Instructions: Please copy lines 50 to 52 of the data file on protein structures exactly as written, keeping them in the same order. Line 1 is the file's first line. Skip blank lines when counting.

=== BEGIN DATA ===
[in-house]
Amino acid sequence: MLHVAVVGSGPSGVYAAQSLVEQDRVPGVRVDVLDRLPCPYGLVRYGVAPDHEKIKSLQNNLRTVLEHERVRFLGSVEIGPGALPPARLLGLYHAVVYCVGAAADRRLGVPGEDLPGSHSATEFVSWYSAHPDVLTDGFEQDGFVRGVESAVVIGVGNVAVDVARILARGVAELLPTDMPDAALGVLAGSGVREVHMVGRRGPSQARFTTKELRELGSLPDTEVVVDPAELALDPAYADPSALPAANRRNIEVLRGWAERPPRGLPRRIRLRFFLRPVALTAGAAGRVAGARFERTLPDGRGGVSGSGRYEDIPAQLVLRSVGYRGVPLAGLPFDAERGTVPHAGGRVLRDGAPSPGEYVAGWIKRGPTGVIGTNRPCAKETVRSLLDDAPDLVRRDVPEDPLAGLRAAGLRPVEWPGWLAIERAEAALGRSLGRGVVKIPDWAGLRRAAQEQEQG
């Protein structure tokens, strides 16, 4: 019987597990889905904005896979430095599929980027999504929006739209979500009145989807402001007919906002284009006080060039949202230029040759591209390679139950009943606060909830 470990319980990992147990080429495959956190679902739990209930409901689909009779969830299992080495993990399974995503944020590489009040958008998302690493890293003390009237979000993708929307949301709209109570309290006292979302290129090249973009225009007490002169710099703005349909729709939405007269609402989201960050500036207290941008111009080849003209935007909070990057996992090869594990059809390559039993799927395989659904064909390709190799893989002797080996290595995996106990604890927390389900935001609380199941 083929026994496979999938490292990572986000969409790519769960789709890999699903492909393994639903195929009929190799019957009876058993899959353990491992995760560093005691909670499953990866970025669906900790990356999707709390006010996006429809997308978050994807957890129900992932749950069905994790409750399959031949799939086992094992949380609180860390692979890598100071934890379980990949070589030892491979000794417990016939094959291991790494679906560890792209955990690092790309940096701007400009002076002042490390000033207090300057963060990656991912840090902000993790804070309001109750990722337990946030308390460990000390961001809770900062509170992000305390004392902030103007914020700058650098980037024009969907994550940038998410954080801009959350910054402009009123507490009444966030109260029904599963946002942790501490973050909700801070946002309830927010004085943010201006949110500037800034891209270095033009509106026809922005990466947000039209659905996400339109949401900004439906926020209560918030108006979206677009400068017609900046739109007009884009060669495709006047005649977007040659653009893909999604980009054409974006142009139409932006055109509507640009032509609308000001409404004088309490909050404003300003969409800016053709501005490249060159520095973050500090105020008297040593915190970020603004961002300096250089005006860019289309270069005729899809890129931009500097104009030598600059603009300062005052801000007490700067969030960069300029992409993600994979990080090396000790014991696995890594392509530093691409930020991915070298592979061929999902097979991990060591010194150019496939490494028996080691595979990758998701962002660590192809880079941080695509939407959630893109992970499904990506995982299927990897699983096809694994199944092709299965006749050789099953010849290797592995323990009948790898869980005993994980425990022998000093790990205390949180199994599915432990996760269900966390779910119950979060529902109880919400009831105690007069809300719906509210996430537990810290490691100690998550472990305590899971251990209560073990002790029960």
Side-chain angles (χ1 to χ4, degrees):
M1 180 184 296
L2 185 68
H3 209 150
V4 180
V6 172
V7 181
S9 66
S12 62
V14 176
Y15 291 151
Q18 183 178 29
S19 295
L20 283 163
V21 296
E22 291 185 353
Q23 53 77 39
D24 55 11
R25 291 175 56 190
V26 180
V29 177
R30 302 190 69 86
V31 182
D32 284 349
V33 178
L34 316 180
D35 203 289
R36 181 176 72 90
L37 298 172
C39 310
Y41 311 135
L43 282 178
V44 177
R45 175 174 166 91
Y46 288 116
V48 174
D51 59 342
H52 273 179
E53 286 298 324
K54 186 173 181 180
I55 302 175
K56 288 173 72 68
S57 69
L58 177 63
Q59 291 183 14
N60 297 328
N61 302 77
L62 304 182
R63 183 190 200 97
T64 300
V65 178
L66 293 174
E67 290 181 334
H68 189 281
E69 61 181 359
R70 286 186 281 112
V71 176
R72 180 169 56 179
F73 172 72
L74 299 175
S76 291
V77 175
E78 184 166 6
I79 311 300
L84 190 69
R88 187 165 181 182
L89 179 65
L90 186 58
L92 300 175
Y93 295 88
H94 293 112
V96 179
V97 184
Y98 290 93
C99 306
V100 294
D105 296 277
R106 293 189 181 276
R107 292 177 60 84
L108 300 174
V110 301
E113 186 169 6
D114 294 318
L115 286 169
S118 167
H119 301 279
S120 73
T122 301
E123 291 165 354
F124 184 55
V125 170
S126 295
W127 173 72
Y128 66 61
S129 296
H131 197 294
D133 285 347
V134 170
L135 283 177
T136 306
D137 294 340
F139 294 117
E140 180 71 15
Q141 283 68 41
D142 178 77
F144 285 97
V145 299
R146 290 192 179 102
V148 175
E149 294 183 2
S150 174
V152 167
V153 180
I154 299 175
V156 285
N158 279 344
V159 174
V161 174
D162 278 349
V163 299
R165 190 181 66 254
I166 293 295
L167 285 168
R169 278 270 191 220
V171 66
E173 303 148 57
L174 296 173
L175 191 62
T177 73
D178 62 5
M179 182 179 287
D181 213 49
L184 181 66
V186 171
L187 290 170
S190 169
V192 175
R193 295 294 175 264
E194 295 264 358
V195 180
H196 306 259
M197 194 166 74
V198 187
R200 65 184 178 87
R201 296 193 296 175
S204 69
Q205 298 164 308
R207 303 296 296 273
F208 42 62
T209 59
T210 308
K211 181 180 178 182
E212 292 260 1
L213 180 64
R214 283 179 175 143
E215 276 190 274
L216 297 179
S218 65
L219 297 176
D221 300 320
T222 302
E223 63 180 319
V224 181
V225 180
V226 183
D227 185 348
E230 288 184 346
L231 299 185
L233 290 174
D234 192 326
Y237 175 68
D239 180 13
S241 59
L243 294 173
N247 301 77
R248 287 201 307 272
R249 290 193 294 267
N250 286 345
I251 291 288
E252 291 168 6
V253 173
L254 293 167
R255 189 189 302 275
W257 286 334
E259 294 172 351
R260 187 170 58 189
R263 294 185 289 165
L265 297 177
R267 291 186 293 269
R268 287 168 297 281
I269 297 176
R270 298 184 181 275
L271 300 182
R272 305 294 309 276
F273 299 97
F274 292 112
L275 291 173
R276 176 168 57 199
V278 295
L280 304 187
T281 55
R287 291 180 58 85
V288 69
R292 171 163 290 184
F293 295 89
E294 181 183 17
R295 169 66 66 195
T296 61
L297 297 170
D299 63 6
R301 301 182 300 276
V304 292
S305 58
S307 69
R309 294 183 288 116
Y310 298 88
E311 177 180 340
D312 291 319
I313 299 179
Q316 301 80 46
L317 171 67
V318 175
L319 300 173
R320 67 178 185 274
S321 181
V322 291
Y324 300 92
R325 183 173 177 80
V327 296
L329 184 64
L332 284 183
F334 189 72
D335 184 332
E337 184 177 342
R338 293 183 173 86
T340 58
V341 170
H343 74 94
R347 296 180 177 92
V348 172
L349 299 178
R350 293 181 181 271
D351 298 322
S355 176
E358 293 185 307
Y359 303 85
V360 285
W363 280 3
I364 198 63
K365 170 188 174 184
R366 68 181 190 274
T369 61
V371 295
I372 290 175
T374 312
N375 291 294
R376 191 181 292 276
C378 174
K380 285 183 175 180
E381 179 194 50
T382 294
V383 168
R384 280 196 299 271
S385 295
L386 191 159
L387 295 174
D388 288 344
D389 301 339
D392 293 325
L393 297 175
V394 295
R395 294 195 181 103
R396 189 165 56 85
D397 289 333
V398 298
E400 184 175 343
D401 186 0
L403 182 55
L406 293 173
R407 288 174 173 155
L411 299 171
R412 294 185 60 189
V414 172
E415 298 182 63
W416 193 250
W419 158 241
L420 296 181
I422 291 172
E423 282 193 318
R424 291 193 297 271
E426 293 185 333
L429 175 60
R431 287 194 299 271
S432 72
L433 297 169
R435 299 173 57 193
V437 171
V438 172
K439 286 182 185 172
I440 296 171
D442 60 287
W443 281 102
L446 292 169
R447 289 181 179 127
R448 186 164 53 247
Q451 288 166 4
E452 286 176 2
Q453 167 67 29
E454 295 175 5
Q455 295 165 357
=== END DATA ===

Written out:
N61 302 77
L62 304 182
R63 183 190 200 97